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TM 11-5825-270-10
b. The receiver is a crystal-controlled, single- conversion superheterodyne unit, providing high degree of
selectivity and sensitivity. The receiver is fixed-tuned to the same frequency as that of the associated NDB
transmitter, over the range of 190 kHz to 535 kHz. In operation, the receiver continuously monitors the rf carrier
level and modulation of the NDB transmitter signal. As long as the amplitude of the rf carrier and modulation
level of the signal being received are above a predetermined threshold, the operation is considered to be
normal. However, if some abnormal operating conditions cause the received carrier level and/or modulation to
fall below the predetermined threshold, the receiver generates the following alarm outputs:
(1) Visual alarm (red light on front panel)
(2) Aural alarm (3 kHz tone from built-in loudspeaker).
(3) Alarm contacts (form-C contacts for remote monitoring).
1-8. Description
The receiver assembly is designed for installation in a standard 19-inch rack and operates from 115/230 vac (47
to 63 Hz) primary power source. The antenna assembly is normally secured to a pole or a post with a U-clamp
outside the building/shelter where the receiver is installed. Interconnections between the receiver and the
antenna are made with a single, 50-ohm coaxial cable.
1-9. Difference Between Models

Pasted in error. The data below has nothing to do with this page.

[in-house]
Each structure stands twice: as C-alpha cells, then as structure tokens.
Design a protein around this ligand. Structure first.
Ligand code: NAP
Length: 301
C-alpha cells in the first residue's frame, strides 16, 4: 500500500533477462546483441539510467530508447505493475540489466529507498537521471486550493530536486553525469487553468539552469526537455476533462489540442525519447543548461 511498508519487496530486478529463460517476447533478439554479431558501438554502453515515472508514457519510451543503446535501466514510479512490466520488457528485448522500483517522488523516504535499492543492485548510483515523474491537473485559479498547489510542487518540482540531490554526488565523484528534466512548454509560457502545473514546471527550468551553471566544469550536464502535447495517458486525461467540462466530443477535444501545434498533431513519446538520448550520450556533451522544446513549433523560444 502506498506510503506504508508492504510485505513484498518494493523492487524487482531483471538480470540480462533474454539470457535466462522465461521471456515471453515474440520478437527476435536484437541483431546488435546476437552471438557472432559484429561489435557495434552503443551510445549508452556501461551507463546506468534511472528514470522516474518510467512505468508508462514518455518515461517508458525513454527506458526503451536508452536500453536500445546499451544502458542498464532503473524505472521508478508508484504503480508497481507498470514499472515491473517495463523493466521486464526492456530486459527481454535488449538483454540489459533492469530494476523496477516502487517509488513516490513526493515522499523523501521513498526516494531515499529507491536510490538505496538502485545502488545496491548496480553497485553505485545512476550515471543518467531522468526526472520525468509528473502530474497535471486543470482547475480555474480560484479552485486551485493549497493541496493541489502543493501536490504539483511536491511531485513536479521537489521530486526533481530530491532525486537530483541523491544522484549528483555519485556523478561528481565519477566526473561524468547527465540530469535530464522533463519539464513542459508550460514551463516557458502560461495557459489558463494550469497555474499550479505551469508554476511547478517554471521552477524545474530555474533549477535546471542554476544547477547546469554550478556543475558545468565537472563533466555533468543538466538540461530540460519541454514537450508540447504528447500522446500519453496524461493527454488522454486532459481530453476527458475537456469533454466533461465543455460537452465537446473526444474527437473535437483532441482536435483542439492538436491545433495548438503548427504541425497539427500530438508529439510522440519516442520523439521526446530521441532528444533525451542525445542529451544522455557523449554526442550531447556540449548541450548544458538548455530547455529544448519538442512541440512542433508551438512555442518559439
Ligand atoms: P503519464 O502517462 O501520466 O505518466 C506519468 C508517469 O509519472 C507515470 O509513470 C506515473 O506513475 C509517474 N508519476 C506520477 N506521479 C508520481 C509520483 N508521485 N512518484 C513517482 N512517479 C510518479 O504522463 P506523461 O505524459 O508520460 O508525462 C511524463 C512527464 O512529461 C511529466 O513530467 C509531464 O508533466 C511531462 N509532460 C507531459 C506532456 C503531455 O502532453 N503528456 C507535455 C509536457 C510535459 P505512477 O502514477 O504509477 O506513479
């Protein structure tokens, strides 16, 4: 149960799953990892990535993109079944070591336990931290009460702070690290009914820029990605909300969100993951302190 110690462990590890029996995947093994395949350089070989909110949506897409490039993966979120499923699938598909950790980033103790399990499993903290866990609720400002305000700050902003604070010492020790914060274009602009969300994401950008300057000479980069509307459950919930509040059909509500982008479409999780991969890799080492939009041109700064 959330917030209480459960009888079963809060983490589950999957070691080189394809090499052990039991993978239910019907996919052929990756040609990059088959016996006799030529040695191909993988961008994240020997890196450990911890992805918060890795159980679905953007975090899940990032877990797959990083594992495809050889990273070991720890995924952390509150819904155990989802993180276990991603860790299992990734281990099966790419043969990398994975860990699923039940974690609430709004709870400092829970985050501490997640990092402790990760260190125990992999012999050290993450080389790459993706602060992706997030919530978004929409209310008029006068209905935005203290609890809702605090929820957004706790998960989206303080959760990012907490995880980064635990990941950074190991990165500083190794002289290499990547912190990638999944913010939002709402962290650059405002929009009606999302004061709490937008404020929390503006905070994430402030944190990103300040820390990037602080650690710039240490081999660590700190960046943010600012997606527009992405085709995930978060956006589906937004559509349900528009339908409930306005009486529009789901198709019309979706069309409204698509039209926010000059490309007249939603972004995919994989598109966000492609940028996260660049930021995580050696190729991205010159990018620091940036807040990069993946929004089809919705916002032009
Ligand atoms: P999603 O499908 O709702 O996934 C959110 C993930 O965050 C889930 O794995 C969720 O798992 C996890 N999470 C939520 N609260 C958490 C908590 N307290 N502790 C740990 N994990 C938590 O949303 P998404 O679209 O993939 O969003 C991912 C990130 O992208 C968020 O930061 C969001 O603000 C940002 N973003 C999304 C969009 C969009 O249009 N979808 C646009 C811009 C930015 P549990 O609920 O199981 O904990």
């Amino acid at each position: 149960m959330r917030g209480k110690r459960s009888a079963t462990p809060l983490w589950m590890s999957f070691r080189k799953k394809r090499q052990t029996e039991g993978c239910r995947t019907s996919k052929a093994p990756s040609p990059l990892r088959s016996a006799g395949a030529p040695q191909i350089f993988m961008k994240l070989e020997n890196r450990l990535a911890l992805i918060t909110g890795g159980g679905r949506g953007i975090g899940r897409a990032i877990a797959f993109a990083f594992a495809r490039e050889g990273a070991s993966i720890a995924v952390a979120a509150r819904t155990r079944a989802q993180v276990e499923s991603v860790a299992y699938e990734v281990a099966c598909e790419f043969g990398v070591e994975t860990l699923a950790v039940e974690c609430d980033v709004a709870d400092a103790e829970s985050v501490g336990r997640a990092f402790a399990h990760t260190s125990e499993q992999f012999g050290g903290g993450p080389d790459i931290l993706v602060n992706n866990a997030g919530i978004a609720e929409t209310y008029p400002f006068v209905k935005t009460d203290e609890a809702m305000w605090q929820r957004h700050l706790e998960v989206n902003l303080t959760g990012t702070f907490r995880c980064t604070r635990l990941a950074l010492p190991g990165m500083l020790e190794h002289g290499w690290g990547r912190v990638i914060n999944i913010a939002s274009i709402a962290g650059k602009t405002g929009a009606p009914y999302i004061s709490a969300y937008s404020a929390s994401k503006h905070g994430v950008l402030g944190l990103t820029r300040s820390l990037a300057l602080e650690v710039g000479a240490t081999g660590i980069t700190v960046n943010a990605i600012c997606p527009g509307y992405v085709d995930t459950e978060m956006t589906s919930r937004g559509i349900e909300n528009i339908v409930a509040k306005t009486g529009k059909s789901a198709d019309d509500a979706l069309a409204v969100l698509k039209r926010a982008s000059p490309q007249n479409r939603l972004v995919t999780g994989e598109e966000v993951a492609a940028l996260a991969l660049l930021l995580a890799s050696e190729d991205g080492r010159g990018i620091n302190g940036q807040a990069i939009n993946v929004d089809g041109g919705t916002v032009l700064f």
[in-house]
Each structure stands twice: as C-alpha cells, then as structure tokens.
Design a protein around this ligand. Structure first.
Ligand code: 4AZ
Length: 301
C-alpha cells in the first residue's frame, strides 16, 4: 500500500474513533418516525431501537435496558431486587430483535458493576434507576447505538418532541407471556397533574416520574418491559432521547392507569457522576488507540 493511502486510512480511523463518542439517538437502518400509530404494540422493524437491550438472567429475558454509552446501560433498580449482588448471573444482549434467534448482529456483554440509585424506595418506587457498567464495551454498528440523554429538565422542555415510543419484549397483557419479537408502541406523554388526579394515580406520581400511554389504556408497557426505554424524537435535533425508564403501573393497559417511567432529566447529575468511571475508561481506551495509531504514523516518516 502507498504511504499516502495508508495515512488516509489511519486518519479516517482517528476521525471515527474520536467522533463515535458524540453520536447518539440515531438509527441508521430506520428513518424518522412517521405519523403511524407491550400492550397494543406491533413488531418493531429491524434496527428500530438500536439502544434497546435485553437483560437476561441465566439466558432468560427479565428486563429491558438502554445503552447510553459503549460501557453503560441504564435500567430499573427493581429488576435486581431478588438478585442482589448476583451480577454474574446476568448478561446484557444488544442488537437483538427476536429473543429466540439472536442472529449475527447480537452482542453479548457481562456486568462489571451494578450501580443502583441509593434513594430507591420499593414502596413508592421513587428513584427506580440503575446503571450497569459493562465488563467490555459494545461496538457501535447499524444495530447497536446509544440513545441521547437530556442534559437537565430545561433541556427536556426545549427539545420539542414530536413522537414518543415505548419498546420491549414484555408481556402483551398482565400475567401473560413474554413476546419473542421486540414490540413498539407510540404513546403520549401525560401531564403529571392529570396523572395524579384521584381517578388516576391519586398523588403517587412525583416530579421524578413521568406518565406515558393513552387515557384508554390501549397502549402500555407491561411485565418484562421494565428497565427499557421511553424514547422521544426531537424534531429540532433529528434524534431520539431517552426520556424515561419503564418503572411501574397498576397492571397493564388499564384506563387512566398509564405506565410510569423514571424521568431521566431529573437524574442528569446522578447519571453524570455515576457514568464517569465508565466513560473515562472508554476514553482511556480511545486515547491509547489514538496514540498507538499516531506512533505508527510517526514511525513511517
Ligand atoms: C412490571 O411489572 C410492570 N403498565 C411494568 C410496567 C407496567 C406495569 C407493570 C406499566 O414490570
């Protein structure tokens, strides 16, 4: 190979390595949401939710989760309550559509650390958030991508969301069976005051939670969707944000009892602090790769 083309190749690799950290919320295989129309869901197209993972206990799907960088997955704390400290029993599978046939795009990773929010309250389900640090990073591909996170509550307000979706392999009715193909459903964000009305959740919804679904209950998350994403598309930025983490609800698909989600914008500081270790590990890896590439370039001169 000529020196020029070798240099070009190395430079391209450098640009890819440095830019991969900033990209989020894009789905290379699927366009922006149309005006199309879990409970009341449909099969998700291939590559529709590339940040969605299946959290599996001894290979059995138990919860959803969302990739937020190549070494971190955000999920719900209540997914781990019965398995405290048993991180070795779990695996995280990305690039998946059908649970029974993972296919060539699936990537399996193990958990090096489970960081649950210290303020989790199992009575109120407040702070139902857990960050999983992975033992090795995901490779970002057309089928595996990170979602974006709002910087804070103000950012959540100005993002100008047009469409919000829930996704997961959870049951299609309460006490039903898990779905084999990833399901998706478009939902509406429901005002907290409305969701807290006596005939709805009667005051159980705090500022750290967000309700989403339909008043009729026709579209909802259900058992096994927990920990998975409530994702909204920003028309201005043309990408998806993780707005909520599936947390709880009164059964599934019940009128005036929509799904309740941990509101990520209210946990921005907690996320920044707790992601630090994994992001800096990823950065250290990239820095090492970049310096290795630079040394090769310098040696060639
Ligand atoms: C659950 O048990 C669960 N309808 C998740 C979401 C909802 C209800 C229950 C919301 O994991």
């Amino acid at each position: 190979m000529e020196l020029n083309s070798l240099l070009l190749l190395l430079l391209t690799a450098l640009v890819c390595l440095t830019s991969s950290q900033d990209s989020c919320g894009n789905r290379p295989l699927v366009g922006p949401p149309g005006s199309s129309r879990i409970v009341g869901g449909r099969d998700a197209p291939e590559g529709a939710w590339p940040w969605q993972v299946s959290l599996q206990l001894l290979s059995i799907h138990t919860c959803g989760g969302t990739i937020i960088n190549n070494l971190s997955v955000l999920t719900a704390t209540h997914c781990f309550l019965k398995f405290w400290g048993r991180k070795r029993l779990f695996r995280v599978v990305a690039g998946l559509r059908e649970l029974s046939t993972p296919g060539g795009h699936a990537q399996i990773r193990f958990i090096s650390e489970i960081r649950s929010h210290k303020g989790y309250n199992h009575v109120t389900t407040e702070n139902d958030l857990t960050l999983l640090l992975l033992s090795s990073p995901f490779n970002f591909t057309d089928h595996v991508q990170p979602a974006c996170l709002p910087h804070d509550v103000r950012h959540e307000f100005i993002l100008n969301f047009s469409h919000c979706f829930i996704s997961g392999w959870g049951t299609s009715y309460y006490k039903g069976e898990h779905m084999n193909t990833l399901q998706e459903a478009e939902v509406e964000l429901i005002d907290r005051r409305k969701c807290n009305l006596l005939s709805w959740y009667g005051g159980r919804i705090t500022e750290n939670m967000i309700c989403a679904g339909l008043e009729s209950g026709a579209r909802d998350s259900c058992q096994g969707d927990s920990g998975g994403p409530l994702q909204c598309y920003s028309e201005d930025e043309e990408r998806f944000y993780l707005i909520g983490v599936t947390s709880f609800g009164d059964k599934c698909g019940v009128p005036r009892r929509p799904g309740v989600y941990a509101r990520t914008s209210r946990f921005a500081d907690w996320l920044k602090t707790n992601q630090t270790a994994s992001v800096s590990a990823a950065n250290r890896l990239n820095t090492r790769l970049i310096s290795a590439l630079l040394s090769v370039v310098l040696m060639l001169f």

The monitor receiver does not have different models.
1-10. System Applications
a. A typical system tie-in diagram for the monitor receiver is shown in figure 1-2. The NDB transmitter is
a self-contained facility (not part of the monitor receiver) and it may be physically several miles from the
monitor receiver site. The NDB transmitter continuously transmits navigation information for use by aircraft
flying within the designated range of the transmitter.
b. The monitor receiver continuously monitors the presence of NDB transmitter signal. Monitoring by the
receiver includes signal level check as well as the presence or absence of the modulation. If a malfunction
occurs and the radiated power output and/or keyed modulation drops below a predetermined level, the receiver
provides an alarm condition.
c. In addition to aural and visual alarm outputs, the monitor receiver provides two additional outputs for
use by the remote monitoring facility. These outputs are shown in figure 1-2.
1-11.  Considerations for Optimum Performance
For best overall system operation, due consideration should be given to the following:
a. Although the whip antenna is one meter long, its effective length in terms of a wavelength of the signal
fed to the receiver is only 0.2 meter. The receiver requires a minimum input of 10 uV; therefore the signal
strength at the antenna must be at least 50 uV/meter. This requirement must be considered when selecting the
monitor receiver site in relation to the NDB transmitter site. In practice, the receiver site is chosen so that the
signal strength at the whip antenna is several times the minimum requirement of 50 uV/meter.
b. The maximum output from the 600-ohm line is 250 mW, measured at the receiver.
c. The remote alarm Form-C contacts are rated at 1 ampere.
d. If all monitoring functions of the receiver are to be carried out from the remote monitoring site, switch S1
on audio amplifier PCB should be left in the off position to inhibit the local aural alarm.
1-12. Tabulated Data
Table 1-1 details the physical and electrical Characteristics of the NDB monitor receiver.

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